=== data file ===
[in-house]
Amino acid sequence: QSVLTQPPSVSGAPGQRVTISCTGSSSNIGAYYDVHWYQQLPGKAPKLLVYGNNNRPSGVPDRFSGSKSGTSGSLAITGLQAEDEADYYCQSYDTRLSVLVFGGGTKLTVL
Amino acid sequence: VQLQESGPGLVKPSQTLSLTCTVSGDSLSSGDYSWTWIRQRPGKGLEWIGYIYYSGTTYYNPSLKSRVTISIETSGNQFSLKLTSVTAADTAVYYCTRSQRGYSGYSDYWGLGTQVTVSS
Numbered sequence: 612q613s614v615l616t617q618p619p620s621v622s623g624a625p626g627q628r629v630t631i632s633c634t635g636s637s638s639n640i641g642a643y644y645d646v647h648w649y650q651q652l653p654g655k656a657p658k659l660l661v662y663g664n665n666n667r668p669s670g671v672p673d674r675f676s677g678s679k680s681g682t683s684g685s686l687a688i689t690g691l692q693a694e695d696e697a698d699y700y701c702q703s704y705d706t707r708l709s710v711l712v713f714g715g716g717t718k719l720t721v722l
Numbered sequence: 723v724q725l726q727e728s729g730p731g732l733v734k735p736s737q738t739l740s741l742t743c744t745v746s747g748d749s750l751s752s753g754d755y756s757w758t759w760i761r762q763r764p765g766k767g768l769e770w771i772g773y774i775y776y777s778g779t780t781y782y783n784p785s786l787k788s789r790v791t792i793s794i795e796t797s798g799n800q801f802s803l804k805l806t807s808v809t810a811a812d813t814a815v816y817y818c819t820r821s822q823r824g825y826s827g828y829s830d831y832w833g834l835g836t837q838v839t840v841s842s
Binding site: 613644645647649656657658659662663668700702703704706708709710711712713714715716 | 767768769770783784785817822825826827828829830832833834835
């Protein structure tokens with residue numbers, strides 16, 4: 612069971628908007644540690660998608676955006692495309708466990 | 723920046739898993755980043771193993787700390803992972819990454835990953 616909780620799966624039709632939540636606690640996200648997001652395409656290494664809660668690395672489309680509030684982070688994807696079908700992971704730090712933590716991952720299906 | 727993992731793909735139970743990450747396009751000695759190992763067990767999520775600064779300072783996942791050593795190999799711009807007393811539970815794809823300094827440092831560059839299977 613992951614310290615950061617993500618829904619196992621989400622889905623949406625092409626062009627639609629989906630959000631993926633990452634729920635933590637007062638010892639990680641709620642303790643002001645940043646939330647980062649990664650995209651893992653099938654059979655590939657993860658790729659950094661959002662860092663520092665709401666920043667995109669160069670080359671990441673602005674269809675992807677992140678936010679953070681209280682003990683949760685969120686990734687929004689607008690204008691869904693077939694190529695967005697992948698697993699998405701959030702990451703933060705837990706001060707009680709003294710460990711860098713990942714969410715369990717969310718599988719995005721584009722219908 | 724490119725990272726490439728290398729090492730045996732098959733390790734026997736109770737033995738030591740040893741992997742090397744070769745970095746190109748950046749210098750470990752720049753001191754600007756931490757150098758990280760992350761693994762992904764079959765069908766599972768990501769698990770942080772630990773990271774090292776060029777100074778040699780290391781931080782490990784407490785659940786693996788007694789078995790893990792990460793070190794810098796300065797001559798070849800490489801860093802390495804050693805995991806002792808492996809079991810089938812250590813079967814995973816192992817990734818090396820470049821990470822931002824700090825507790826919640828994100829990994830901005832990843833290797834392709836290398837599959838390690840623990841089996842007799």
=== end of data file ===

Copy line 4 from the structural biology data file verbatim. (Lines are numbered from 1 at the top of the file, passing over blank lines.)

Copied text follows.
Numbered sequence: 612q613s614v615l616t617q618p619p620s621v622s623g624a625p626g627q628r629v630t631i632s633c634t635g636s637s638s639n640i641g642a643y644y645d646v647h648w649y650q651q652l653p654g655k656a657p658k659l660l661v662y663g664n665n666n667r668p669s670g671v672p673d674r675f676s677g678s679k680s681g682t683s684g685s686l687a688i689t690g691l692q693a694e695d696e697a698d699y700y701c702q703s704y705d706t707r708l709s710v711l712v713f714g715g716g717t718k719l720t721v722l